The United States District Court for the Northern District of Oklahoma ruled last week in State of Oklahoma v. Tyson Foods that the personal identification of respondents in survey research is confidential information.
Oklahoma v. Tyson Foods is an environmental impact assessment case, in which Defendant Tyson Foods, moved to compel disclosure of respondent-identifiable information related to surveys conducted by the Plaintiff State of Oklahoma, and the State, in a counter motion, sought the court’s protection of survey participants’ personal information as confidential information.
AAPOR (American Association for Public Opinion Research) and CASRO (Council of American Survey Research Organizations) jointly submitted an Amicus ("friend of the court”) Brief on behalf of their members and the research industry, and, specifically, in support of Westat and the other research organizations whose survey reports were submitted as evidence in the case. The surveys were part of a contingent valuation study to determine the amount of damages caused by excess phosphorous from poultry waste and other sources in Oklahoma’s Illinois River System. Tyson Foods, argued that discovery of respondent identities was relevant and necessary to fully critique the States’ assessment of damages.
Citing the mandatory codes of standards and professional ethics of AAPOR and CASRO, the Court affirmed that respondent identities are confidential information, which, if disclosed, could be harmful to the parties involved. Further, the Court stated that the Defendants had failed to meet the burden of proof needed to compel discovery of this confidential information. The Court stated:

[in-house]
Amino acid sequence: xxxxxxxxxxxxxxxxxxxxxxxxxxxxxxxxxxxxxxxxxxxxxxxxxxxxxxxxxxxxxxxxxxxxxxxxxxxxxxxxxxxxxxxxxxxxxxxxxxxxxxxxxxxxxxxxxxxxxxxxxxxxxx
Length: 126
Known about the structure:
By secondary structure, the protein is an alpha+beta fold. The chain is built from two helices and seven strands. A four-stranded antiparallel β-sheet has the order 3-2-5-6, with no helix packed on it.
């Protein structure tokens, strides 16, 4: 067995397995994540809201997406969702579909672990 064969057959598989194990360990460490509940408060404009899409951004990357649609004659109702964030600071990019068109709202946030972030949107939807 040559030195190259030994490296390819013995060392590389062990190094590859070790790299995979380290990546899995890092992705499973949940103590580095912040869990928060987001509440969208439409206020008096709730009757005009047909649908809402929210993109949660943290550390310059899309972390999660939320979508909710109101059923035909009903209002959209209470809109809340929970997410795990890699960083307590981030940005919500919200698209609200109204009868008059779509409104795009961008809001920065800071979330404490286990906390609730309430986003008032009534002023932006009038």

Defendants have failed to persuade the Court that such [confidential information] is sufficiently relevant and necessary to their case to outweigh the harm of undermining the public interest in insuring the ability of surveys to elicit accurate information from respondents.
The Amicus Brief filed by CASRO and AAPOR asserted that the guarantee of respondent confidentiality is fundamental to the professional practice of survey research, and is assured through adherence to mandatory and enforceable codes of standards and ethics. The Amicus stated that respondent confidentiality "is warranted (1) to protect survey research results against inaccuracies or bias as the candor of the respondents’ answers may be inhibited by public disclosure and (2) to ensure the free flow of information and to provide the foundation for unbiased survey data.”
CASRO and/or AAPOR have successfully filed Amicus briefs in support of Research Respondent Confidentiality in about a dozen legal and court challenges over the years. This advocacy is a valuable part of the service that CASRO and AAPOR provide to their members. The impact of these efforts, however extends beyond association members. AAPOR President, Richard Kulka, and CASRO President, Diane Bowers, noted that court opinions like the one in Tyson Foods which explicitly affirmed the necessity of protecting respondent confidentiality and the value of survey research, also affirms the research industry’s integrity and commitment to ethical and professional practice.
CASRO’s General Counsel and principal author of the Amicus Brief, Duane L. Berlin noted, "this Federal Court decision is an important victory for AAPOR, CASRO, and the entire research industry.” For more information about this case, the Amicus Brief, and the associations’ Codes and services, please contact AAPOR and CASRO.